There Is no gas and no water, but the
Hectilc light service has been re
stored. Babts Bom to Flood Sufferers.
Columbus, 0 March 29, Mora than
100 babies have been bora ha the too
districts of the city since Wednesday,
la the majority of cases neither tke
mothers nor the babies received any
medical attentlea. Many of tke ba
bies hae died frosa eiposure aad
hunger; others are ia a eritkal.oall
tton, ns are probably a kindred pree
pectlve ojothers.
Four Qe Oewn With BrMfe,
Delaware, O., March 29, rear saore
trre added to the list of aersons
known to be dead here. Trans: Velk,
CO; Charles K. Tlbbals, B6; hit aoa.
Clark Tlbbals, IT, and aa unknown
man, Increase tke list to 81, Thee
lour were on th,e Big Four bridge
when It went down.
Aid Dayton and ChlUlceths.
WuBhlngtoa C. H., O., March 29,
Residents of this city seat sis car
loads of provisions and clothing to
the flood sufferers and a quantity of
the needfuls to Uhllllcothe. Though
the flood damage In Fayette countv
was very .Urge, there were no fatalM
EDWARD F, DUNNE
Illinois Governor Wire Hit
State Will Aid Ohio Sufferers.
NATION AIDS OHIO
FLOOD SUFFERERS
DtMitlMs From Far and Near
Will Exceed $1,000,000,
Columbus, O., March 29. nellof
funds In excess or J.'iOO.OOO have been
received by Governor Cox. Prom the
stack of telegraphic tenders on his
desk be estimated the total to coino
would exceed $1,000,000. Oonntlons
varied from $58,000 sent by tho Cleve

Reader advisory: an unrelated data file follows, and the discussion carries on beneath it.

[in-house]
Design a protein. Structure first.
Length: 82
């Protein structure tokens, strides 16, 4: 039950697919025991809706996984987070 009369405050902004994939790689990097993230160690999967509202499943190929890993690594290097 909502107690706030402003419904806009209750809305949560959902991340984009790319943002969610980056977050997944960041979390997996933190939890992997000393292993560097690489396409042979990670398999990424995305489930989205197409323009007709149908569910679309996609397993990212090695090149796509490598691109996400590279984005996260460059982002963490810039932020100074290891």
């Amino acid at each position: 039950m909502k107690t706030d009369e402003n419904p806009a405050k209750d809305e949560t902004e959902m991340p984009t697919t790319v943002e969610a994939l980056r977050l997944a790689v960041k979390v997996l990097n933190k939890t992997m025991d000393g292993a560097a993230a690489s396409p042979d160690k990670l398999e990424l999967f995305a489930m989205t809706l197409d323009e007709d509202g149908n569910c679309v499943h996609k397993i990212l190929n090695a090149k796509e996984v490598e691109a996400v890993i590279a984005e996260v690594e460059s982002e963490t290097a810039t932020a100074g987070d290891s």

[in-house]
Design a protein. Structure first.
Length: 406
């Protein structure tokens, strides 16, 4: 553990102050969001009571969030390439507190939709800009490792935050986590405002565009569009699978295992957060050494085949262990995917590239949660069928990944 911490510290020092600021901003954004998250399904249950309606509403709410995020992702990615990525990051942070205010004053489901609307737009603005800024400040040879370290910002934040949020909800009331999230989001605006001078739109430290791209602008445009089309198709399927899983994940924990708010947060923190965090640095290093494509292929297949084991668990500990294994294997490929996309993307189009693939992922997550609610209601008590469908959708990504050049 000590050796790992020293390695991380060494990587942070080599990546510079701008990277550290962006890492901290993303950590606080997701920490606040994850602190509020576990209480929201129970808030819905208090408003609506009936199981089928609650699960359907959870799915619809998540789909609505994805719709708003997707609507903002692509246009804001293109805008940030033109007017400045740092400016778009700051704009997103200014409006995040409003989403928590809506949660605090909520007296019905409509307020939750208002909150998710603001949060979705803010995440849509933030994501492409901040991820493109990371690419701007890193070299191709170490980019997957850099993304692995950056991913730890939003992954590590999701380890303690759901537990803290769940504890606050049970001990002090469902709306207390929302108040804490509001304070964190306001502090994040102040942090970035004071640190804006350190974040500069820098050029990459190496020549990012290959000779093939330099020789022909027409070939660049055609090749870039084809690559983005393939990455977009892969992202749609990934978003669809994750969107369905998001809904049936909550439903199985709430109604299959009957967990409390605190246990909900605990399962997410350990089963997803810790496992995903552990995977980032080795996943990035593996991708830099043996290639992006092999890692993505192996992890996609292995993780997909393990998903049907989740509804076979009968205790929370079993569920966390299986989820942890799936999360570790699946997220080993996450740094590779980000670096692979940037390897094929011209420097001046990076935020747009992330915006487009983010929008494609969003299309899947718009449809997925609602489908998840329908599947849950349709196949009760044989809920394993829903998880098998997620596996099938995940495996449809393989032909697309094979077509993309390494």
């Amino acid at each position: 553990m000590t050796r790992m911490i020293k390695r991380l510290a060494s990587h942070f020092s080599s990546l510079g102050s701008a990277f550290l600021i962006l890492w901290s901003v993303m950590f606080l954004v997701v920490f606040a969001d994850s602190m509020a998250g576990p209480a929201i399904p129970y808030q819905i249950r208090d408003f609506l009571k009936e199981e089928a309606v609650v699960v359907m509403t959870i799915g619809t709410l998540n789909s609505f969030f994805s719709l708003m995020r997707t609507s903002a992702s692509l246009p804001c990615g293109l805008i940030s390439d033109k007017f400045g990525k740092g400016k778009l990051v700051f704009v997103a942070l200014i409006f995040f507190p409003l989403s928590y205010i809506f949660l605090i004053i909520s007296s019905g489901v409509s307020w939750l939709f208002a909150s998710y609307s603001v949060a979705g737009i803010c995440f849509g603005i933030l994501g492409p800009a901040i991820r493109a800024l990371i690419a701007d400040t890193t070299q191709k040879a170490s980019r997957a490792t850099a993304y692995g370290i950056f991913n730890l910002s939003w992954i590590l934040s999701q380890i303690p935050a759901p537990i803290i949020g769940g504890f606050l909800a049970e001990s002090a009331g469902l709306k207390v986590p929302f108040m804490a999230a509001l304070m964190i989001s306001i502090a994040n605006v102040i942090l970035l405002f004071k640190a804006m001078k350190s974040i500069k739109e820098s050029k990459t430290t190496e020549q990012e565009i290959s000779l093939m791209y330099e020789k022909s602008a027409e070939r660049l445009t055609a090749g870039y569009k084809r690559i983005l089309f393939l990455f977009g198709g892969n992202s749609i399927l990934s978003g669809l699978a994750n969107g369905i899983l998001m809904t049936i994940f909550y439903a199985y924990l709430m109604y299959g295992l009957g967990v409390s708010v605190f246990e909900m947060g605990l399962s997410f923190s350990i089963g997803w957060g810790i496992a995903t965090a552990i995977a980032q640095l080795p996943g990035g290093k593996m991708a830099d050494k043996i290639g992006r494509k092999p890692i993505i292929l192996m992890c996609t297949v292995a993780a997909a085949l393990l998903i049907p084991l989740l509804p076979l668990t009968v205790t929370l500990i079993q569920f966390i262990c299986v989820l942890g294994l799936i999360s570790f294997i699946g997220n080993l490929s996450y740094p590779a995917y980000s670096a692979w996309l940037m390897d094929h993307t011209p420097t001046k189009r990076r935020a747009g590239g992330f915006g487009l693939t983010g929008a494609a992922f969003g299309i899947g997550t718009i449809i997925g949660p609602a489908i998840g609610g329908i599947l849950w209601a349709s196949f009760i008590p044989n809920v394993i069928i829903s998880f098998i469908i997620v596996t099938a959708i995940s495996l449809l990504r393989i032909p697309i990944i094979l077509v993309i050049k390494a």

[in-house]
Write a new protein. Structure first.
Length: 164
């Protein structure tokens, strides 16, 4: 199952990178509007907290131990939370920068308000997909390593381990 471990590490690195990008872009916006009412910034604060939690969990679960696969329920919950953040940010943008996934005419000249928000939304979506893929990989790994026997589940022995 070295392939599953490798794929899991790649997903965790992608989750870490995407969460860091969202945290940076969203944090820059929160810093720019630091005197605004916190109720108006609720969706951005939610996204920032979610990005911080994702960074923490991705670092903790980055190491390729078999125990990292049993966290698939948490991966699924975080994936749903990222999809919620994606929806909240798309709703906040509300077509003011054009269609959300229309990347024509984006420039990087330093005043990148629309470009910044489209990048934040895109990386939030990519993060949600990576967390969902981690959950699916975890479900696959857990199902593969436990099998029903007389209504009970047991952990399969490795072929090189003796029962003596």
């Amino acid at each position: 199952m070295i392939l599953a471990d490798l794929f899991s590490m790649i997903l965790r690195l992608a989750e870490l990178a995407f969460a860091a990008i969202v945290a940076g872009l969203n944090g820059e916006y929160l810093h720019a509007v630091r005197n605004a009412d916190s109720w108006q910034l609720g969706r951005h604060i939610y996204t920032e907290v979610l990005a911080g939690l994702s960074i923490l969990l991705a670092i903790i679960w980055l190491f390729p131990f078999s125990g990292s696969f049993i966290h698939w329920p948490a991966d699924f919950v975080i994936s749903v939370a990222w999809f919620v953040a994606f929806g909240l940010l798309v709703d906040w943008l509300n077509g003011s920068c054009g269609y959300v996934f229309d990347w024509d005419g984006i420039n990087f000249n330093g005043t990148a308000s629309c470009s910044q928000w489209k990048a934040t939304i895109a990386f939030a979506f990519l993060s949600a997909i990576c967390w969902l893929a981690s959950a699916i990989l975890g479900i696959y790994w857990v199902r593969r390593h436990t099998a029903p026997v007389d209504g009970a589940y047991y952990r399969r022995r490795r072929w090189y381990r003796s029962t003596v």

land chamber of," commerce to $1,
mailed from the penitentiary by Isaiah
Koon, a convict,' vho wrote: "I am n
prisoner and have 'children that might
need help."' Ai t
In addition the. New York World ad-
vised I nu governor It wna sending
$1110,000, of which $10,000 was re
ceived by the City National bank nf
this city. Governor Osborne wired
tho Michigan legislature had appro
priated $25,000. Governor Dunne of
Illinois wired that a bill appropriating
$100,000 had been introduced. v .
Colonel M. U.Wllsou, treasurer of
tho stnte relief committee with Isaac
D. Pugh of County Auditor Snyre's of
fice, as special accountant, lost no
tlmo In drawing sight drafts on
donors who wired they could be
drawn upon. Among the donors aro:
Alton B. I'nrker. $5,000; city of Oak
land, Cal., $n,000; Mayor Arnold of
Denver, $2,or.O: Mayor Snow, Fresno.
Cal., $1,000; Commercial Club, Salt
Lake City. $2,000; W V. Telegraph
company, $1,000; Spokane Chamber
of Commerce, $1,000; Commercial
Club, Fargo. N. D $C00.
The llrst United States government
relief tmln reached Columbus with
300,000 ratiuns, tents for 20,000 peo
ple, 29,000 blankets, 400 stoves, 100
ranges, S.flOO cots and 100 hospital
tents, To enro for anticipated nood nt
Cincinnati 3,000 blankets and 3,000
bed sacks wore sent thero. A train
load of mpplles sent by' the United
States army Is m route to Ohio with
engineer olllcors. who were on duty
In tho Mississippi valley lust year und
so. aro experienced in flood work.
Thcso huyo been unsigned to Fort
Wayno, Cfnclrnutl, Youngstown und
Hamilton.. A medical officer, with 0
hospital ctjrps men. has, been ordoied
to the Columbus barracks.
IMMIIIIIIIIIIIIII
' TAGGED BABY FOUND
BESERTED IN A HOUSE. X
' Columbus. O.. March 29.
! "Walter 'Taylor, 94 North" Prince- ', ',
ton avenue," reads a card found
apes a baby less than two years
', aid, found alone la a bouse on '